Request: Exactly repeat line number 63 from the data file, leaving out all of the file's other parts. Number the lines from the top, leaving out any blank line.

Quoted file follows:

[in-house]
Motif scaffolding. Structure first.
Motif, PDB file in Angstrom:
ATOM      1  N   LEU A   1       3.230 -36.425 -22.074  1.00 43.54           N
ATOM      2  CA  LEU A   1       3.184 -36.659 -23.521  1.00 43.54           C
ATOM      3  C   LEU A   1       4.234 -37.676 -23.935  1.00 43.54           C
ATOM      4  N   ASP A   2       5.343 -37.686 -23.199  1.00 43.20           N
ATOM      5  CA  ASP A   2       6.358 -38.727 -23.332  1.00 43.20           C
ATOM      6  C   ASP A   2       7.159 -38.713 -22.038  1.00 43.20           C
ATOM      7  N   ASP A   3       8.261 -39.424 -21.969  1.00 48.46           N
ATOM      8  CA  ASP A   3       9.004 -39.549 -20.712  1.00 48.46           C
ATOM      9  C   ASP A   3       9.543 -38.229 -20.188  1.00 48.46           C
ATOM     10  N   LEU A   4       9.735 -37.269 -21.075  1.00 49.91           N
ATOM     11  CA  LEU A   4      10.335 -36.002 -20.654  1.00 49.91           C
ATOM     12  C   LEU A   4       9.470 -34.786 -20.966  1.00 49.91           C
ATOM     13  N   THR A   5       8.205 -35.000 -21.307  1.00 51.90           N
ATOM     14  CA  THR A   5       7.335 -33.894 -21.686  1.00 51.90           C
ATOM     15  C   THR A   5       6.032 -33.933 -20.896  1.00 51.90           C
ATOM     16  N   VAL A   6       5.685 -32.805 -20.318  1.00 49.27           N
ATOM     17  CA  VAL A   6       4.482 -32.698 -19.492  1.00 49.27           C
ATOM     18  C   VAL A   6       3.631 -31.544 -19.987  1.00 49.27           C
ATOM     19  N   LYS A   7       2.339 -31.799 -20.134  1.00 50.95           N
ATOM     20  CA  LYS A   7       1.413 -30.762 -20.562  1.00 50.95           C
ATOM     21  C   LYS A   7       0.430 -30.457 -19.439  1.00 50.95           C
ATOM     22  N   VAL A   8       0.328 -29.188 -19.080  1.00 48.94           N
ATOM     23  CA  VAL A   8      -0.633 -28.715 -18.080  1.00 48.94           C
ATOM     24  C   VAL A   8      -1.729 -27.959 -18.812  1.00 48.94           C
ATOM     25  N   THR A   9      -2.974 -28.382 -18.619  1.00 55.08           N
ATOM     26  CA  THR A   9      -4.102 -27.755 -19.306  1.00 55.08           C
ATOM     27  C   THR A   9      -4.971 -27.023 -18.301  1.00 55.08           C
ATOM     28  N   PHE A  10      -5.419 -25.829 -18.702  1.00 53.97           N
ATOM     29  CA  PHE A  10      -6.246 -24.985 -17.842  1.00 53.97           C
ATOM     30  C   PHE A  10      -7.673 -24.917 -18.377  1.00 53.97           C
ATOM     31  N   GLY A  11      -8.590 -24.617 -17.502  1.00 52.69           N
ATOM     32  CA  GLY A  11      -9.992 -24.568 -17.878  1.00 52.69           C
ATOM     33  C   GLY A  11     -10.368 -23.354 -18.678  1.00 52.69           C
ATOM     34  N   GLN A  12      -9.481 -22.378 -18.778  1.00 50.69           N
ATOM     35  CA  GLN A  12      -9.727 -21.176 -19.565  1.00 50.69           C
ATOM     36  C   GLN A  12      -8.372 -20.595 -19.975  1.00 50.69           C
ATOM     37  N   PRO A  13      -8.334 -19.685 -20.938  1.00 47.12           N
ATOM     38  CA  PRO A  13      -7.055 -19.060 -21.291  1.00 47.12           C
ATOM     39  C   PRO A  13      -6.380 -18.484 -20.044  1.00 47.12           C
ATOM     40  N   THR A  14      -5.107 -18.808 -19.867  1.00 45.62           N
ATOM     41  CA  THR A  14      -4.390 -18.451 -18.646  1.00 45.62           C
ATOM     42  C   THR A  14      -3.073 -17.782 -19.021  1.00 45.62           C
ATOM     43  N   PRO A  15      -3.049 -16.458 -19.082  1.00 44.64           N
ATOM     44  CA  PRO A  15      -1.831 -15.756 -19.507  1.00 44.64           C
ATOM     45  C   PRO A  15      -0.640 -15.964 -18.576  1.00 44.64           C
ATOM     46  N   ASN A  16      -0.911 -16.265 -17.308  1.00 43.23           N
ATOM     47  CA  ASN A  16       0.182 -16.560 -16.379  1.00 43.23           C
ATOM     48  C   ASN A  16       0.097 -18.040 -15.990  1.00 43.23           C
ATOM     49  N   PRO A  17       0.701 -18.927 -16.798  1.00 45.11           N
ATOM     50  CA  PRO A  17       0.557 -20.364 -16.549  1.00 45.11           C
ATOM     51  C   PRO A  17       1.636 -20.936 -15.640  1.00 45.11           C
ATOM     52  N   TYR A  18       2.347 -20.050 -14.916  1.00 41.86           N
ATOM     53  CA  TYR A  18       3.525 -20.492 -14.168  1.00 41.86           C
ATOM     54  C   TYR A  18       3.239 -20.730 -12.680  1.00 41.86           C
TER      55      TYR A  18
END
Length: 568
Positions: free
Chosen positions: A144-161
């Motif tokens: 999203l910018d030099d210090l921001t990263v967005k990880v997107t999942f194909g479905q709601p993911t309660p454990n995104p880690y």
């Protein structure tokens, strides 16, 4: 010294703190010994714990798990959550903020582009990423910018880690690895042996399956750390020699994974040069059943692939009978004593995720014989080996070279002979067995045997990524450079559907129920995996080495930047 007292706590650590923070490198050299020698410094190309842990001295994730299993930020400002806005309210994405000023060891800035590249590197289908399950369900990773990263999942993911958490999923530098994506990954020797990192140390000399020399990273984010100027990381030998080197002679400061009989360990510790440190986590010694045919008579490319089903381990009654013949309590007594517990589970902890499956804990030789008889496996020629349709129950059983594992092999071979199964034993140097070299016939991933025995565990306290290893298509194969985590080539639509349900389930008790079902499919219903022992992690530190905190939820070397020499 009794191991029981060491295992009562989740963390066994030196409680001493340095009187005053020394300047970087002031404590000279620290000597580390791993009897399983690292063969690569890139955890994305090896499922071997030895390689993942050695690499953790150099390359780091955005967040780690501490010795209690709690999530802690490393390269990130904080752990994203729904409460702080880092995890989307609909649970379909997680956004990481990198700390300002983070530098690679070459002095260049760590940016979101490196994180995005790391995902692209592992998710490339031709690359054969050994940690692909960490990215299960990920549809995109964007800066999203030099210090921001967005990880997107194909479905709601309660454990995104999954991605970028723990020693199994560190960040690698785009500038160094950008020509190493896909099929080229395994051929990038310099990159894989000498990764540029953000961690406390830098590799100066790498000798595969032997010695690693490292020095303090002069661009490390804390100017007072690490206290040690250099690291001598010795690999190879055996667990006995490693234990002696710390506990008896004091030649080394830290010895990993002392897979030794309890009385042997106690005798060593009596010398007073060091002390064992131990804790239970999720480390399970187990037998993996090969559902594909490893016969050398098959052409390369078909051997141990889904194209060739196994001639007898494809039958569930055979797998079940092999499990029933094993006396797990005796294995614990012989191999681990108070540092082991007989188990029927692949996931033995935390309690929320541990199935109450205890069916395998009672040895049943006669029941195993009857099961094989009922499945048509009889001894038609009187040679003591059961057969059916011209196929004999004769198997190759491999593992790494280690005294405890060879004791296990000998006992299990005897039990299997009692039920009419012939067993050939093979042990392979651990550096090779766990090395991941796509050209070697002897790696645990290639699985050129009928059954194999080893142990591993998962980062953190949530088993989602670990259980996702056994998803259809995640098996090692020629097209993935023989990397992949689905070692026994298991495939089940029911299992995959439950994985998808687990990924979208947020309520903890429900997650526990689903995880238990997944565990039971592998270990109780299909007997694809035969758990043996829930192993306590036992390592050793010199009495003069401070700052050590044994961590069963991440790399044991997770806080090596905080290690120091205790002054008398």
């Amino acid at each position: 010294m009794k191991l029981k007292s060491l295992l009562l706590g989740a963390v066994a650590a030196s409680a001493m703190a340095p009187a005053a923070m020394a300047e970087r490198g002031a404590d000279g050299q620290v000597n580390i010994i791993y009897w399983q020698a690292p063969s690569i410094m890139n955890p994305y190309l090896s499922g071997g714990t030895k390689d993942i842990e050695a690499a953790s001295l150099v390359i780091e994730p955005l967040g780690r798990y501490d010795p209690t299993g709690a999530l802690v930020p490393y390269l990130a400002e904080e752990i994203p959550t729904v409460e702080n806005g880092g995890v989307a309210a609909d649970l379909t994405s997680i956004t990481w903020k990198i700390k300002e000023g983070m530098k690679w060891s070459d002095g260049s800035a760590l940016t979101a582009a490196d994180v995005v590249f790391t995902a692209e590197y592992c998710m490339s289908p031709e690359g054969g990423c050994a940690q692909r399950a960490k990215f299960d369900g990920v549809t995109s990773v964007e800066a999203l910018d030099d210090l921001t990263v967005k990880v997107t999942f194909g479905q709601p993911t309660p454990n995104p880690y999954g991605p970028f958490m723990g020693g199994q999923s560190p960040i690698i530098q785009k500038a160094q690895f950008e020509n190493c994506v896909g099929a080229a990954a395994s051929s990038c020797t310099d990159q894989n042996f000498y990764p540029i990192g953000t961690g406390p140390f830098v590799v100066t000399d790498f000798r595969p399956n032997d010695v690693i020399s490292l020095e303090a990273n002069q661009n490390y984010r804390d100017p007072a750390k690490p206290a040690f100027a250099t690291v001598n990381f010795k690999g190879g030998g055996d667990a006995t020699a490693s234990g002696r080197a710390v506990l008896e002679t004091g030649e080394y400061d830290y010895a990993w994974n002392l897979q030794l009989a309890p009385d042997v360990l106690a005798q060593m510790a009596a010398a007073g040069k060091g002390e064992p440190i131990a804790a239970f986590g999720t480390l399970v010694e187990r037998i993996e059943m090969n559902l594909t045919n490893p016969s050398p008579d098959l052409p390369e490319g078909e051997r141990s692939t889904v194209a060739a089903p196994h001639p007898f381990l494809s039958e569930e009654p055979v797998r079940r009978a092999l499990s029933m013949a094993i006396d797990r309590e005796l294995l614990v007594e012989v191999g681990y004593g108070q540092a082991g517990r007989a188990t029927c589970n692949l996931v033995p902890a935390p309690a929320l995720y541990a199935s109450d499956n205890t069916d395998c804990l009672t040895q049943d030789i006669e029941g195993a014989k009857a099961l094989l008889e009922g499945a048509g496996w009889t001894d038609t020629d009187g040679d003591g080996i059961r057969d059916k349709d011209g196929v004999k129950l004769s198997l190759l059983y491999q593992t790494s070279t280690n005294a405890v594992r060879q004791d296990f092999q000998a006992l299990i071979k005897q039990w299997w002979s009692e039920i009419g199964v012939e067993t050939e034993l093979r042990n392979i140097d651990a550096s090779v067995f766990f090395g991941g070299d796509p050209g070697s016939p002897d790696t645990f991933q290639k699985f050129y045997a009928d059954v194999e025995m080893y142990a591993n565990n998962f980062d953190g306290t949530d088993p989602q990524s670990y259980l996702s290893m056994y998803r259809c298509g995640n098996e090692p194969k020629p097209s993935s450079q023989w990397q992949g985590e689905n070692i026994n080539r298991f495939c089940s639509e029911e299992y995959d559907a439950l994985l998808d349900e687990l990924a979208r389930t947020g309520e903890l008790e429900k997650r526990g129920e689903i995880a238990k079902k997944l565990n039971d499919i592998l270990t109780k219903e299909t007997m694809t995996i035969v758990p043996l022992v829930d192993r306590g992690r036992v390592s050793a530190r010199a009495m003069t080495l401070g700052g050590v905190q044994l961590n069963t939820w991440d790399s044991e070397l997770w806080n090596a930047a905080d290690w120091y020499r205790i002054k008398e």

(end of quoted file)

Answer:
């Motif tokens: 999203l910018d030099d210090l921001t990263v967005k990880v997107t999942f194909g479905q709601p993911t309660p454990n995104p880690y």